Thank you for that explanation – I had no idea about the Pachamama incident. That is really a poor show as our beloved cousins south of the border might say. “Deceitful” is the word – I second your concluding observation.
I’m confident that RCA Victor means all of the above PLUS Catholic Action. Else, why is he here?
I await his – er… – confirmation on that 😀
Reminder: sanctification = faith + good works….such as this apostolate. But more on this apostolate in a moment….
Let me explain further why I disagree with +Sheen:
1. The Church does not need to be “saved.” She is the spotless bride of Christ and a mystical organism, not a political/secular institution with, for example, a Board of Directors who can be taken over. The “saved” mentality, in fact, is what brought us Vatican II. That is, “reform” – the VII buzzword – is just a euphemism for “saved.”
2. To say that the laity must “save” the Church is to turn the Church on its head. The Church is governed by her clergy as a monarchical hierarchy, not by the laity. We are the governed, not the government.
3. As I already posted, part of the insidious Vatican II blueprint was to claim a more “active” role for laity in the Church, starting with “active participation” (wrongly defined) at Mass. The Luciferians are diabolically clever, if nothing else, in the psychology department, and they hit upon the perfect scheme to turn Catholics into Protestants.
4. +Sheen’s statement fits in perfectly with the Vatican II “laity empowerment” project, which, along with his shocking blind spot about VII and the new Mass, is very disturbing.
5. +Sheen’s statement serves as a convenient foundation for treacherous groups like Voice of the Faithful and SNAP, who use the clerical sex scandals as a springboard from which to demand radical changes in the structure of the Church, esp. radical changes to the hierarchy. And these subversive groups are the perfect example of what happens when the laity fancy themselves to be empowered to “save” the Church.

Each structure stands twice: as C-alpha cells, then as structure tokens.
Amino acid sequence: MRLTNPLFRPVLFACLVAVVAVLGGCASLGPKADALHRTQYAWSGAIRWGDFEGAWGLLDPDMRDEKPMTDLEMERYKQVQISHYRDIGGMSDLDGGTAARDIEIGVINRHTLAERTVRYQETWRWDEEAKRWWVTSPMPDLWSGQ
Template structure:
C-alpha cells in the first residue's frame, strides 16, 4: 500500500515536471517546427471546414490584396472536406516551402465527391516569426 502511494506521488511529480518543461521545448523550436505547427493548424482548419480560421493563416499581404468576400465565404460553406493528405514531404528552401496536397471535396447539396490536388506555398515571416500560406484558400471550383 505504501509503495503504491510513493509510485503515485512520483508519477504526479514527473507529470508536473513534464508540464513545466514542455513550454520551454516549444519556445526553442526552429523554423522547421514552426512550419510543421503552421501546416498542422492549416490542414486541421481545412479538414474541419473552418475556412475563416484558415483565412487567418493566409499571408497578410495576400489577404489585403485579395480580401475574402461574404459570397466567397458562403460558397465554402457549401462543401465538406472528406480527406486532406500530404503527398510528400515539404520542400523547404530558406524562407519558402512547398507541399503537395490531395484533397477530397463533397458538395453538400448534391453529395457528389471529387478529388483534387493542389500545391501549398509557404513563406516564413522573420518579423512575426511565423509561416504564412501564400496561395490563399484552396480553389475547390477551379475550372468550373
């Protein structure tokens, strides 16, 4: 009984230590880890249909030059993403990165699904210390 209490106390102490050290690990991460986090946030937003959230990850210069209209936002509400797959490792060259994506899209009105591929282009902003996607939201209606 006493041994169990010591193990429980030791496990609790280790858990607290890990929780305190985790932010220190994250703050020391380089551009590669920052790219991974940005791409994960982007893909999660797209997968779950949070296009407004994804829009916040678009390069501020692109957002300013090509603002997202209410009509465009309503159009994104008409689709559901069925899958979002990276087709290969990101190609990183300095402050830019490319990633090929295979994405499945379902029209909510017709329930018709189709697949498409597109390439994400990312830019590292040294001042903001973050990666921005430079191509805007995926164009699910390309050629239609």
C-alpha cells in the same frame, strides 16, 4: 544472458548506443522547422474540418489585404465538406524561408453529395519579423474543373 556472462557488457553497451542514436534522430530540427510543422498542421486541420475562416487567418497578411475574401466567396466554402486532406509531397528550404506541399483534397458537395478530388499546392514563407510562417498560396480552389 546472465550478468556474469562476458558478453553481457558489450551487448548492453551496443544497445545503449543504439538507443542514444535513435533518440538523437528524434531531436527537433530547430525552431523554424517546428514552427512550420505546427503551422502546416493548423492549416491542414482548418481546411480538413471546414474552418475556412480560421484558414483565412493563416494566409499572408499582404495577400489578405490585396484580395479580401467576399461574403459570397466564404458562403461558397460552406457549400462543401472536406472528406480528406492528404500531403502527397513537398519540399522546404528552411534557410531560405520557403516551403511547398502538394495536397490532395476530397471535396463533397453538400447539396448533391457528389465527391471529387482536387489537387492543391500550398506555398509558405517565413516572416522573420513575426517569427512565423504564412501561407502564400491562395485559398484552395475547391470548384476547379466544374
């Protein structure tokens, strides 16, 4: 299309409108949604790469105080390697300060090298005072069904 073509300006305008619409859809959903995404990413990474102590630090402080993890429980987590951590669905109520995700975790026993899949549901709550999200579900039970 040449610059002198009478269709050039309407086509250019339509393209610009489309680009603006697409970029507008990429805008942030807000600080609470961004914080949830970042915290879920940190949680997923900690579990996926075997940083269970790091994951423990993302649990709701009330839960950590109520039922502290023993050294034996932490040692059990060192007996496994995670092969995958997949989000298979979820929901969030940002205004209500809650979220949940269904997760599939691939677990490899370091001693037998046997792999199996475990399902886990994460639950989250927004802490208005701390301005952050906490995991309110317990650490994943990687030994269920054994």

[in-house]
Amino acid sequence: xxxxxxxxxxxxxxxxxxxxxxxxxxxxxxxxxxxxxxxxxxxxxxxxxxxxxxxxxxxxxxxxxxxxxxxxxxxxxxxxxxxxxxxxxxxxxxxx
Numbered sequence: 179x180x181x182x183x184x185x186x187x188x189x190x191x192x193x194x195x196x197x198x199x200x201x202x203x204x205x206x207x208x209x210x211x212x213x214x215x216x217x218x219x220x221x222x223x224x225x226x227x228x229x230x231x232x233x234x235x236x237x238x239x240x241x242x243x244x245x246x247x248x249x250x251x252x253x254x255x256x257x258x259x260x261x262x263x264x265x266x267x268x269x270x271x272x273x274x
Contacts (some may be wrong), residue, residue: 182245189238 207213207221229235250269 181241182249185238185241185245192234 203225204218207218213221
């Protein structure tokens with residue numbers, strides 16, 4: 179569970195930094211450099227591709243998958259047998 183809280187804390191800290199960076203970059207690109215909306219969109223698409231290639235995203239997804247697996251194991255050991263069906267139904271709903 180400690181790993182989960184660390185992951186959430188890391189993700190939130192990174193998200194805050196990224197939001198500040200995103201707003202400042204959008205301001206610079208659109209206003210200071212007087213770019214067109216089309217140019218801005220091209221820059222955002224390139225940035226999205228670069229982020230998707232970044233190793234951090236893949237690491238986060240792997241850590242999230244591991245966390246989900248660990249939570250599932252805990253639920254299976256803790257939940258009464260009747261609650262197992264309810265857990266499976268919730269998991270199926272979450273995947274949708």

Now a word or two about Catholic Truth.
There are few, if any lay apostolates as assiduous and fearless as CT has been in exposing clerical scandals, corruption, heresy, faithlessness and turpitude. But has CT “saved” the Church in Scotland? Nein, Fraulein, the Church in Scotland has continued to wither on the vine (if I correctly understand the information that has been posted here over the years), and is now in a deep coma, finished off by the current globalist-co-opted pontificate and especially the scamdemic, featuring fear of, and false obedience to germaphobia and the state. (Sidebar: germaphobia is a prominent characteristic of homosexuals. Need I say more?)
All that said, I reject +Sheen’s claim as entirely false – and, in fact, quite alien to the nature of the Church.
That’s good that you say “good works” to be included in our work of sanctifying ourselves. I agree, too, that the Church does not need “saving” except from the Judas priests and bishops we have over us!
Catholic Truth hasn’t made any difference to the state of the Church in Scotland, that is true. Still, I tend to think a presence like CT is important, don’t ask me why.
Not only have we not made any difference to the state of the Church in Scotland – RCA Victor and you are correct – but I was recently accused (by two “traditional” priests) of doing harm, causing scandal.